What’s Your Relationship Maturity Level?


Relationship maturity doesn't just come with age!

In early high school, my crush and I shared a notebook. This notebook traveled from my locker to his and back to mine on a daily basis and contained such moving statements as:

“I’d rather be with you than in math class.”
“I can’t wait for homecoming next week.”
“So, what do you like about me?”

This was all written in gel pen, of course.

Our so-called relationship never made it past his sweet 16, but looking back, our teenage parting was for the best. Our relationship maturity was clearly in the negative zone.

We can all reflect on our early dating history and smile at the cheesy love notes, the first dances and the timid hand-holding. Now in adulthood, our relationships are so much more than attraction and convenience, yet many of our peers haven’t developed the relationship and emotional maturity necessary to maintain a healthy, faith-filled adult partnership.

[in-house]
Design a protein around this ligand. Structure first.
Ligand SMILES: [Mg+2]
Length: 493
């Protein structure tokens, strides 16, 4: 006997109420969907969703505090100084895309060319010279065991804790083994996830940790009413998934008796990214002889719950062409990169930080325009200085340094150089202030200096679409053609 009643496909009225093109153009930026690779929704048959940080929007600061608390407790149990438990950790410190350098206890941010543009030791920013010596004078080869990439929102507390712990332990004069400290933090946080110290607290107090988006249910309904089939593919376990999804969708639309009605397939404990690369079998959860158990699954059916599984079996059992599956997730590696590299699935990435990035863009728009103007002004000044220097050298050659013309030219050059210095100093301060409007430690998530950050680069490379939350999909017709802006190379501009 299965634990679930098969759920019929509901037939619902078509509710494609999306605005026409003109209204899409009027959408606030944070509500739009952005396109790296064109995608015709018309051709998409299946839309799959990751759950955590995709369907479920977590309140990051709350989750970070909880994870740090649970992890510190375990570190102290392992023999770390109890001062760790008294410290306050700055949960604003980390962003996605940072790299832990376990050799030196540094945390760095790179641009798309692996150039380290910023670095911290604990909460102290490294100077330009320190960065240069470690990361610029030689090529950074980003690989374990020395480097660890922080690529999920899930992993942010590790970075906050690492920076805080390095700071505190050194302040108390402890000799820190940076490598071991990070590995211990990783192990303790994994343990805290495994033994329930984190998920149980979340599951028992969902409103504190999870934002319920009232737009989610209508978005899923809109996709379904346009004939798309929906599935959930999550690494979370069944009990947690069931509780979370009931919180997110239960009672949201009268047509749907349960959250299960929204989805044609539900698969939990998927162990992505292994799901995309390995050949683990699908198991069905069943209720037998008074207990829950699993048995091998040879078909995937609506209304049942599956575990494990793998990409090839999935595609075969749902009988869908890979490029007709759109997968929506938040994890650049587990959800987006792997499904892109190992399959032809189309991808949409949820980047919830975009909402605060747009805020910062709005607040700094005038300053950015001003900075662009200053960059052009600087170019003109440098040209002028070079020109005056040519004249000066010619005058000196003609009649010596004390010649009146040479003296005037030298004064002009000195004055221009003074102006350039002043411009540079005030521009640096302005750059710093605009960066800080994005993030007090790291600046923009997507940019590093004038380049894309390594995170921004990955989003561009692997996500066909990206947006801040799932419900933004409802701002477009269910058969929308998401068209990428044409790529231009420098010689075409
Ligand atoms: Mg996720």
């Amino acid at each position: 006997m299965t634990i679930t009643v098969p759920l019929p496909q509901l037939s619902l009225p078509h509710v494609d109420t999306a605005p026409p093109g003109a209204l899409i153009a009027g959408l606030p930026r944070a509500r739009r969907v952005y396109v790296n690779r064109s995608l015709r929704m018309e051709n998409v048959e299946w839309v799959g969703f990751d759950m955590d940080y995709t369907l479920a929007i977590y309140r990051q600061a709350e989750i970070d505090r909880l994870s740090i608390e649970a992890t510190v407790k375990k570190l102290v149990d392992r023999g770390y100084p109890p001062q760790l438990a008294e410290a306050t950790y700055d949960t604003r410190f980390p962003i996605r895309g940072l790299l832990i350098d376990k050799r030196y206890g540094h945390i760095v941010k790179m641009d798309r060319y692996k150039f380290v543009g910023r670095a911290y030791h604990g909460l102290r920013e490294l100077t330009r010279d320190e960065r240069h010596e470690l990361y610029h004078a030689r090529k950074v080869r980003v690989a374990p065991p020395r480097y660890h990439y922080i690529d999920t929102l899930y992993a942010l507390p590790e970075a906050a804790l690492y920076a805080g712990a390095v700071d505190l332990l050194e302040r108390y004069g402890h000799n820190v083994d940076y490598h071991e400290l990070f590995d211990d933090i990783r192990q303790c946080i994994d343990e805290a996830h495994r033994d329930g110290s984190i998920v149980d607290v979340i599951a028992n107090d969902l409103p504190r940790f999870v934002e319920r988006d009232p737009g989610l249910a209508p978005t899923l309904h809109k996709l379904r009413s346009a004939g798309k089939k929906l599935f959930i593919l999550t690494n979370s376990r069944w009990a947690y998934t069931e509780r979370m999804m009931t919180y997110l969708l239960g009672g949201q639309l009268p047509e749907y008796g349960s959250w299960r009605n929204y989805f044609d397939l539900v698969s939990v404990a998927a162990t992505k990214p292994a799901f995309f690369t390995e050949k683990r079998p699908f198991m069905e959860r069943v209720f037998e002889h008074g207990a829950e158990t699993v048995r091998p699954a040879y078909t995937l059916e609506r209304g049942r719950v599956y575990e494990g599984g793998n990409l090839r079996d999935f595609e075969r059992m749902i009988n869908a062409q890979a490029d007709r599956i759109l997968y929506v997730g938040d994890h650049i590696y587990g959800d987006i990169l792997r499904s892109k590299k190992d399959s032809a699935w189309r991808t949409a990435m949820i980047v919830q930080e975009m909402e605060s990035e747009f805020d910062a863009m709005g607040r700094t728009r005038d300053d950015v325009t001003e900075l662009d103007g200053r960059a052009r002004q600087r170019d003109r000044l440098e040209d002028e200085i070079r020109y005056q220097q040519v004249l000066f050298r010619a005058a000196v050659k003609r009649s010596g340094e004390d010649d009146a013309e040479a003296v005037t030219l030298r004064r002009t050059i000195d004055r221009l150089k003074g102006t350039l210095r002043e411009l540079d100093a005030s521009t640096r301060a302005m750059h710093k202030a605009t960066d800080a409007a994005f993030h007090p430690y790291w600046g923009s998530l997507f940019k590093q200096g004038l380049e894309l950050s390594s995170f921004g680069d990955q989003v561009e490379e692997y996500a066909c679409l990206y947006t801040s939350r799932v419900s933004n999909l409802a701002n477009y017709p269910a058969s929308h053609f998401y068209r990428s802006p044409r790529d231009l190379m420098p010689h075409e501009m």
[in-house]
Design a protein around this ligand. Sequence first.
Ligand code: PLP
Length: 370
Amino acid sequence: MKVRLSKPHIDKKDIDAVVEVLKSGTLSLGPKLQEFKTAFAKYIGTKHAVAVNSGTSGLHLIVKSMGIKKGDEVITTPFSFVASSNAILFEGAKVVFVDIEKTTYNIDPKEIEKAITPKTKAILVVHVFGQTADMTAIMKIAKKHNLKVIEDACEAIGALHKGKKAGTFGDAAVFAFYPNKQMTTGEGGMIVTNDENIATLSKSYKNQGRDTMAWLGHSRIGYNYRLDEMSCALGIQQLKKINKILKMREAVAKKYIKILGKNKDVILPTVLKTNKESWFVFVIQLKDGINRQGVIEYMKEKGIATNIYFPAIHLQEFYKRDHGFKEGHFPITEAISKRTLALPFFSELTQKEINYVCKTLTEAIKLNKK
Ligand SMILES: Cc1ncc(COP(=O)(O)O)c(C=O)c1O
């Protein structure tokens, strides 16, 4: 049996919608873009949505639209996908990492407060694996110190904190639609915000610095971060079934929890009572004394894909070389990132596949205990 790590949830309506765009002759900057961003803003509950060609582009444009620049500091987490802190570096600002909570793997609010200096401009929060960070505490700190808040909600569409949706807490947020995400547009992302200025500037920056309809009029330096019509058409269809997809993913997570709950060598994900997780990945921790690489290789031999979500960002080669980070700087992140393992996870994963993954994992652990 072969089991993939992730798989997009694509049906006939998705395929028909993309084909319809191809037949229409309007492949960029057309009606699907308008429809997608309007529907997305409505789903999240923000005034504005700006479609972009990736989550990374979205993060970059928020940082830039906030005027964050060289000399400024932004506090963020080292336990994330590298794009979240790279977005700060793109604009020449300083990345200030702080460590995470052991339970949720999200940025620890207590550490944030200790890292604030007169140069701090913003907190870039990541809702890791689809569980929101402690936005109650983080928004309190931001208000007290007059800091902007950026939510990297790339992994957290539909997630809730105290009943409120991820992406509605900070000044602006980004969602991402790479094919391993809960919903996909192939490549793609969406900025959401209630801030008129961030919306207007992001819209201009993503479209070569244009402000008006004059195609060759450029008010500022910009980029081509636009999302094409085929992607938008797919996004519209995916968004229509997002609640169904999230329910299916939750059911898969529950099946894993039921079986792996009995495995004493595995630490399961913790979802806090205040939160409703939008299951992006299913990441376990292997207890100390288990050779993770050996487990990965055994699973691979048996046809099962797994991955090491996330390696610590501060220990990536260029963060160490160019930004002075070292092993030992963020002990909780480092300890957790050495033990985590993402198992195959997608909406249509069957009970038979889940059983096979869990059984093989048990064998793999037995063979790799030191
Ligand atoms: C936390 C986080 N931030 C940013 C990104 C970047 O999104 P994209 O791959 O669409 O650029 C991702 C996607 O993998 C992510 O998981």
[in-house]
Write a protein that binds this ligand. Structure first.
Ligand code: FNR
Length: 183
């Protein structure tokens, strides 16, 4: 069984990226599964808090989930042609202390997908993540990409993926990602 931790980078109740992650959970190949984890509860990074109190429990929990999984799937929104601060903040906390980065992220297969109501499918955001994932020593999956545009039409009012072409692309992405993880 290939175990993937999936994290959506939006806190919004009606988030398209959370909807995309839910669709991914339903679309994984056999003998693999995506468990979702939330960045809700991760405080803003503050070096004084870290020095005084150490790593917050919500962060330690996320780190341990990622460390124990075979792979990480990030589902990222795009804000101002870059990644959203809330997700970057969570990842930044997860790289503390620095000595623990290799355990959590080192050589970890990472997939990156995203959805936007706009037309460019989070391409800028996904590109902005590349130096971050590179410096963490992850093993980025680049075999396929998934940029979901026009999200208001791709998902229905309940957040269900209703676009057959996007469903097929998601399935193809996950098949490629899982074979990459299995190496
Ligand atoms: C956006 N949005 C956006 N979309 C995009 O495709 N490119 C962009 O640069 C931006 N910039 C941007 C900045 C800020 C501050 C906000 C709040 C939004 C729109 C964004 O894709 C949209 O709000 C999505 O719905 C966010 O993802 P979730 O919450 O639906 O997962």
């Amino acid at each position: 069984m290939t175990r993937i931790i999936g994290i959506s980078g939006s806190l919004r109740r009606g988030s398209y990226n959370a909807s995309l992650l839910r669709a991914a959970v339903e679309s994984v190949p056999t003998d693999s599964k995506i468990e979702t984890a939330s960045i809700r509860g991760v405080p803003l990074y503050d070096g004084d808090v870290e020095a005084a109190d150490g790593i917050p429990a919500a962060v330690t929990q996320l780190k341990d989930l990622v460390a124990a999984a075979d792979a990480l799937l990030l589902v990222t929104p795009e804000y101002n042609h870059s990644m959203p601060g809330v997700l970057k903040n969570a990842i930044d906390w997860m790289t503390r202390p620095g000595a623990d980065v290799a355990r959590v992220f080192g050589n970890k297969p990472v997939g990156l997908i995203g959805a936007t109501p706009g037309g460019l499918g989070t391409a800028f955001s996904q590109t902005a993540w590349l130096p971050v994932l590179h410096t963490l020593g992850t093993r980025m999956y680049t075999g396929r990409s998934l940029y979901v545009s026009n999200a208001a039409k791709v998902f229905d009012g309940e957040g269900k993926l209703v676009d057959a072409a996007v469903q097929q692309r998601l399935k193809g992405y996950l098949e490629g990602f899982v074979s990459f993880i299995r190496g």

Over dinner only a few weeks ago, one of my girlfriends raised her eyebrows when she learned that my CatholicMatch boyfriend and I spend most of our weeknights apart. When I confirmed that we also don’t speak on the phone every day, she about fell off her chair.

To me, our willingness to maintain other friendships and pursue other interests is admirable, not concerning. The possessiveness and clinginess that so many couples fall victim to is another sign of relationship immaturity.

Relationships grow as we grow. The relationships that defined my college years, both romantic and platonic, are very different than the relationships I maintain now.  I’ve matured and so have my thoughts, preferences and needs. In high school, I exchanged love notes with a crush and now in my 20s, I’m growing spiritually with someone who understands me down to my very core. Talk about a different rating on the relationship maturity scale!